It’s terrible watching your pet suffer, especially when you’re not sure how they’re in pain. They can’t speak, which means they can’t tell you exactly what’s wrong. Instead, their behavior changes. A dog suffering from chronic pain may exhibit increased aggression, anxiety and lethargy. Or, in other cases, your dog may not show any signs that they’re in pain at all. This is why observation is so important. When something seems off, it’s likely because it is.
If you believe your dog is experiencing chronic pain, it’s best to start investigating right away. Chronic pain that goes untreated can drag down your pet’s health and quality of life.
Specific ways chronic pain affects your pet
Chronic pain affects your dog’s physical and mental health. A dog in constant pain isn’t going to want to exercise as frequently as they normally do, for example. Or, they might display aggression or anxiety because they’re on edge all the time.
In a physical sense, chronic pain may prevent a dog from doing simple things they enjoy, like playing with toys, going to the dog park or going for walks around the neighborhood. In other cases, it may manifest in smaller ways, like an unwillingness to jump or the favoring of one leg over another. Over time, these issues can add up to everything from restricted mobility, to blood pressure issues, to deterioration of muscle and soft tissue.
Dogs experiencing chronic pain may also develop issues with their personality. Some dogs become more irritable, especially if you try to pet them in a spot where they’re experiencing pain. It’s also not uncommon for dogs to develop mental illnesses like depression and anxiety after dealing with chronic pain. They will likely be less willing to play with you and may end up sleeping most of the day.
Spotting chronic pain
Pain in dogs can be easy to spot in some cases and much more difficult in others. It’s important to note that there are two types of pain a dog might experience: chronic and acute.
Acute pain usually comes about after an injury and is marked by yelping, limping and crying. Other things that can cause acute pain in dogs are recent surgeries and illnesses. Acute pain may develop into chronic pain over time if it’s not treated properly.
Chronic pain is a little less obvious than acute, as dogs usually show more subtle symptoms. Symptoms of chronic pain in dogs include staring, limping, stiffness, excessive licking and more. Sometimes, dogs suffering from chronic pain may show more obvious symptoms, including crying, growling and biting when that pain flares up.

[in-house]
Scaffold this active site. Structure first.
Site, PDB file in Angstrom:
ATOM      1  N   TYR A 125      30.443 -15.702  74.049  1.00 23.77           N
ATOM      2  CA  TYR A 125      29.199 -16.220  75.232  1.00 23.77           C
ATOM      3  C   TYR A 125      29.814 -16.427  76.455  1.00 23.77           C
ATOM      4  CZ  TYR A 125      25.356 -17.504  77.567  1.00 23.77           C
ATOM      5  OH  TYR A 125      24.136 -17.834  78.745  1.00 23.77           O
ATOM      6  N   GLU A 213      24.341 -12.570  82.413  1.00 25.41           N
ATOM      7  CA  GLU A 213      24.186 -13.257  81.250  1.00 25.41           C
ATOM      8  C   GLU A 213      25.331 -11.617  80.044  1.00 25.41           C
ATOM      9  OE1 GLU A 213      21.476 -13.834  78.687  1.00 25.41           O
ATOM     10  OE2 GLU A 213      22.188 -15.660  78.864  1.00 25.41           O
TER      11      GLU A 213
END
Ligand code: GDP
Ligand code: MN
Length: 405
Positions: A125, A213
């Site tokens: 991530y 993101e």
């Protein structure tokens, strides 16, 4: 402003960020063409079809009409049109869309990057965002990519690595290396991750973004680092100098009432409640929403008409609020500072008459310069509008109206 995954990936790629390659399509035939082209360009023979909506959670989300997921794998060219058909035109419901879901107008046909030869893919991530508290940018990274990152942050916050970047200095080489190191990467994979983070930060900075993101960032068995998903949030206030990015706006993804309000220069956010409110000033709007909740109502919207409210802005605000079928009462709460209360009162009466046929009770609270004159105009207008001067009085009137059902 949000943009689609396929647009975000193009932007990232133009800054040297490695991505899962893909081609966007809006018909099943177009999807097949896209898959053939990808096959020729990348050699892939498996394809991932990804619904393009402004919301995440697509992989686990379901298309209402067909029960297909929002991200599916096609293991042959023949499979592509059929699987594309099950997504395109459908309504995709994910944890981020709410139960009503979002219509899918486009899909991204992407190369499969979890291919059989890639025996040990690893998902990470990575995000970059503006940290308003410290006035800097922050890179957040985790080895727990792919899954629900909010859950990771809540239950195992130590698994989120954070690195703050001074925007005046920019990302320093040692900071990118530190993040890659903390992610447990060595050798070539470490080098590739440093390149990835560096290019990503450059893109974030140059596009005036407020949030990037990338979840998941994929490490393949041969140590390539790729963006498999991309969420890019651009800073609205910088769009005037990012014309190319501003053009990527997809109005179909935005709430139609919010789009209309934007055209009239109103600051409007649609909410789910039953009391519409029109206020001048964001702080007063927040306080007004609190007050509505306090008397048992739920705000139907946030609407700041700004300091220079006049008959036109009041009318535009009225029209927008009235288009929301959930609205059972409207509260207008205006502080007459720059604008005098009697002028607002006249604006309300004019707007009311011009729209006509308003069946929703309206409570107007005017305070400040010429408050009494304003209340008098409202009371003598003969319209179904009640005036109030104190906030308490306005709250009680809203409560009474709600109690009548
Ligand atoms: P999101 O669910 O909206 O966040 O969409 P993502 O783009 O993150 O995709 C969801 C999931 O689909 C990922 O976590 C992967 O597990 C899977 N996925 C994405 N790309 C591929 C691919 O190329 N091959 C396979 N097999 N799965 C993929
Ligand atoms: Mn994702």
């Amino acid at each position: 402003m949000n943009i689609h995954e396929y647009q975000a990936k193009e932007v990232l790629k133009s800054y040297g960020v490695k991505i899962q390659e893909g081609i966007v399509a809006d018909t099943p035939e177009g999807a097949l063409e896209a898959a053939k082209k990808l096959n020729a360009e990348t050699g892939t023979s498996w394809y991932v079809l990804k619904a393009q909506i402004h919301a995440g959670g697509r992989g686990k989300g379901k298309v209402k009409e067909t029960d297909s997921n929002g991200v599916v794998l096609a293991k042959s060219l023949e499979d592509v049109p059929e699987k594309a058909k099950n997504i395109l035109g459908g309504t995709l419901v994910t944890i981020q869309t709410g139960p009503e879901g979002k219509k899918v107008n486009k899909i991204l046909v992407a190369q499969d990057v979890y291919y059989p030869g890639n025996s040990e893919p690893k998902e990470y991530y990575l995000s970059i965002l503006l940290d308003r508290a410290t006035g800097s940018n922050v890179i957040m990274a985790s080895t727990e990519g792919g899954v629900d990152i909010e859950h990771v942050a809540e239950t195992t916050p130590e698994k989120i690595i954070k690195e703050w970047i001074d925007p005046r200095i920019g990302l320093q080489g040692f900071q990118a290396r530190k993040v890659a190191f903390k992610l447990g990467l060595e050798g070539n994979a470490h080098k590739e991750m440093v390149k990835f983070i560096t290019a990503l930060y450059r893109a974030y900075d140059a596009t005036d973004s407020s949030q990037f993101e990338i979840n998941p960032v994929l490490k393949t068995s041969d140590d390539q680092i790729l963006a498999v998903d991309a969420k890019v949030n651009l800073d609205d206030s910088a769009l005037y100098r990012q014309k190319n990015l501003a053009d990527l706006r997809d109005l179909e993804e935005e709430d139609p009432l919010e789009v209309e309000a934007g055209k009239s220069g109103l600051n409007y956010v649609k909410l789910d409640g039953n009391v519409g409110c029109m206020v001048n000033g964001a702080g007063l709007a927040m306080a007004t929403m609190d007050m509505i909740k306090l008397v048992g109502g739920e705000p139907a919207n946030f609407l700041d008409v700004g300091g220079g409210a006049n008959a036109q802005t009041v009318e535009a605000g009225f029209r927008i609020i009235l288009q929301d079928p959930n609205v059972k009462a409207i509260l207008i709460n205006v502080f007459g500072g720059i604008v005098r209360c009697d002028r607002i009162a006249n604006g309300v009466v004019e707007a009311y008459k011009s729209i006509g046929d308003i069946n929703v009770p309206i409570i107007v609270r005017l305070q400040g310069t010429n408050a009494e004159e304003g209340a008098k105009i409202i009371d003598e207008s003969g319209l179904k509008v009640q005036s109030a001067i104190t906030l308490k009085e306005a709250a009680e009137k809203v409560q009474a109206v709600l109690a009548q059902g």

Above all, it’s important to look out for new habits and routines that are a departure from the norm. If something doesn’t seem right, it’s because it might not be.
What causes chronic pain in dogs?
As mentioned, acute pain can become chronic pain if it’s not treated. But there are also a variety of underlying health conditions that can cause chronic pain. Osteoarthritis is one of the most common. Also known as degenerative joint disease, osteoarthritis is a condition that affects a dog’s joints, causing constant inflammation. Osteoarthritis may be hereditary, but sometimes develops after a dog has experienced a severe joint injury. The joint pain caused by osteoarthritis makes a dog less likely to jump and run around.
Another possible cause of your dog’s chronic pain is intervertebral disc disease, which can lead your pet to lose limb function and even experience paralysis. Signs of intervertebral disc disease in dogs can include a mobility troubles, leg weakness and muscle spasms.
Other issues that might cause chronic pain in your dog include cancer and nonmalignant neuropathies. This is why it’s important to take your dog to the vet for a full evaluation once a year. Spotting chronic pain is one thing, but qualifying and treating it accordingly is another.
Helping your dog manage chronic pain
While chronic pain is a terrible thing for your dog to experience, there are many ways of treating it once you know what’s going on. There are plenty of medications and supplement options out there that can help ease symptoms. While these may not cure your dog’s ailment, they can help reduce their pain and stress. The right joint supplement or anti-inflammatory medication can go a long way toward restoring your pup’s quality of life.
There are also forms of rehabilitation and exercise that may help with a pet’s chronic pain, but you should never start a regimen without running it by your vet first.
Finding the right treatment
The right treatment program for your dog’s chronic pain will depend on the cause of their condition. If your dog is experiencing osteoarthritis, for example, the vet may recommend medications and approved supplements. It’s also important for dogs suffering from osteoarthritis to maintain a healthy diet. This will keep your animal at a healthy weight and prevent them from putting too much strain on joints. If the condition is severe, then a vet might recommend surgery.
Osteoarthritis is far from the only condition that could be causing persistent pain, but it does happen to be one of the most treatable. Dogs experiencing chronic pain due to cancer will have a much different set of treatment options, which might include chemotherapy, medicinal mushrooms or certain medications.
Whatever the cause of your dog’s pain, it’s important to address it the right way. You might not be able to cure or completely stop the pain, but offering some relief is crucial for the sake of your dog’s health, wellbeing and quality of life.